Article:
- Book, guidebook or eBook.
- Journal, diary or notepad plus pen.
- Camera, plus charger and maybe a spare battery.
- Phone, plus charger. (A modern smartphone can double as an alarm clock, camera, e reader, and many other devices too, which can save space and weight).
- Electrical plug adapter.
- A laptop or a tablet aren’t in any way a necessity but it is up to you if you decide you want to take one.
- Pacsafe (heavy, but essential steel net for your backpack).
- Pacsafe cable lock.
- Padlock, preferably a combination lock or TSA approved lock.
Personal Health And Hygiene.
- Small first aid kit.
- Water Filter Bottle.
- Any personal prescriptions/medications you may need, including basic travel medication and anti malarial tablets.
- Glasses plus case, or contact lenses plus solution if needed.
- Small personal toiletry bag. (No need to carry more than the basics, these can easily and cheaply be replenished abroad).
- Small pack of alcohol wipes plus some small tissue packs. (Can always be bought cheaply abroad).
- Mosquito repellent. (I prefer 50% DEET, but natural non chemical alternatives are available if you prefer that).
- Sunscreen plus after sun moisturiser.
Remember not to pack too much here. You only need enough clothes for a week or maybe two maximum dependent on the actual length of your trip, but no more than that. There will be plenty of launderettes along the way and you will probably end up buying a T Shirt or top as needed in various markets along the way if you want them too, so remember to save room.
What clothes you take will obviously be location dependent too. Colder climates will obviously require more layers and possibly a jacket than tropical ones and you may need to take specific sportswear if you know you will be engaging in a specific sport, but in very general terms the basics will suffice.
When choosing your clothing it is a good idea to have basic colours that all go well together so you can mix and match, and try to avoid any potentially offensive slogans on T Shirts and be sensitive to the cultural sensitivities of the destinations you are visiting.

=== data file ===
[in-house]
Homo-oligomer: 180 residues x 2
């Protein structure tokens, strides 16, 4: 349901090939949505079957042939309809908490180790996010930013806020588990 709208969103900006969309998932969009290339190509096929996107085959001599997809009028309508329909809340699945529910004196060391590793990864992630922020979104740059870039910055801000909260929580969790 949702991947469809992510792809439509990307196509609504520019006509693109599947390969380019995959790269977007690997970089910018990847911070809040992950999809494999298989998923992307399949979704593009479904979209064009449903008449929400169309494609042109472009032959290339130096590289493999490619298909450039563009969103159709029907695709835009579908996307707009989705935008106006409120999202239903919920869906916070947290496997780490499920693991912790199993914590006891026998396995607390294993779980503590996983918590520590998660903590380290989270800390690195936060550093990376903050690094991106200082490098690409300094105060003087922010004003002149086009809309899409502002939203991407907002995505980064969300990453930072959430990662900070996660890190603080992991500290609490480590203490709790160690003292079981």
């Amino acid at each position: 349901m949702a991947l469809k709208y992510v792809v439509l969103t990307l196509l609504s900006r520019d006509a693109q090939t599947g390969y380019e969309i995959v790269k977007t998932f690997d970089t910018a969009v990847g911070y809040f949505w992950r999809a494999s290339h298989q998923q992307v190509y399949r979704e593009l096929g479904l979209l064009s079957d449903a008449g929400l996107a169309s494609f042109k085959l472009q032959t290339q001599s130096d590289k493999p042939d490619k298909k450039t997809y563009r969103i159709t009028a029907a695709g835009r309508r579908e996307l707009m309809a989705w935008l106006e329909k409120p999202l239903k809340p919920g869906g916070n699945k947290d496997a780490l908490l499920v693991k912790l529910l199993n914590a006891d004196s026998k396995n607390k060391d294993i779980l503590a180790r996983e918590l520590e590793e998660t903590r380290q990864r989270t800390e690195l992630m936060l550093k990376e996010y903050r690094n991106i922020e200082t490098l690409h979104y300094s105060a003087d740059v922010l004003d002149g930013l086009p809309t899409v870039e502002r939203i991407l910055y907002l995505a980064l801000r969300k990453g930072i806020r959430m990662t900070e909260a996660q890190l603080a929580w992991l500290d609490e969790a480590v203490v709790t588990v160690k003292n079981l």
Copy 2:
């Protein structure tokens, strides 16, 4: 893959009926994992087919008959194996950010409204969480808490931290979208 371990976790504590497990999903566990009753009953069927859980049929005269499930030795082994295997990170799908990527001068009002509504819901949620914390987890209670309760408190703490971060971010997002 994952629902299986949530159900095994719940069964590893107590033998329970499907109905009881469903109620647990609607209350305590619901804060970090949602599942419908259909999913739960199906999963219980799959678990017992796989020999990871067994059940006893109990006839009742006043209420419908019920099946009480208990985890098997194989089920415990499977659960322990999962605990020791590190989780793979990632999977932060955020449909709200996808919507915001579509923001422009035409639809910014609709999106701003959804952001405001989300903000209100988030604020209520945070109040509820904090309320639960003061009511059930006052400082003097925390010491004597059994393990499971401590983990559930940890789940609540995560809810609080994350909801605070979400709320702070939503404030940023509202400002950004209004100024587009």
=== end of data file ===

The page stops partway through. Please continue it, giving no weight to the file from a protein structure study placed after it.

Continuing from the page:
- Several basic T shirts/tops including at least one long sleeved T shirt.
- A hoody or similar for layering warmth.
- A shirt/blouse that can be smart or casual as required.
- A couple of pairs of shorts (for men), cargo shorts are often the best, or dresses or shorts (for women) dependent on your preference.
- Swim shorts/swim suit.
- A pair of long trousers. A versatile zip off pair can double up as hiking trousers or shorts, and can be casual, or dressed up with a shirt for occasions that demand it.
- An easily packable light rainproof jacket.
- Trainers that can look smart with long trousers and also act as good hiking footwear, plus a pair of flip flops.
- Sarong (for women) or a shemagh or similar (for men). These are seriously versatile items that can be used to cover up when necessary.
- Waterproof/dustproof airtight bags to protect electronic equipment.
- Waterproof liners for your packs.
- Sleeping bag or sleep sheet. (May or may not be needed depending on the nature of your trip).
- Travel towel.
Remember, your own packing list will be personal to you and this is just a basic, rough idea to get you thinking. All of this can easily fit into a mid sized pack with room to spare and leaving a bit of room in your pack is always important for those inevitable souvenirs you will pick up along the way.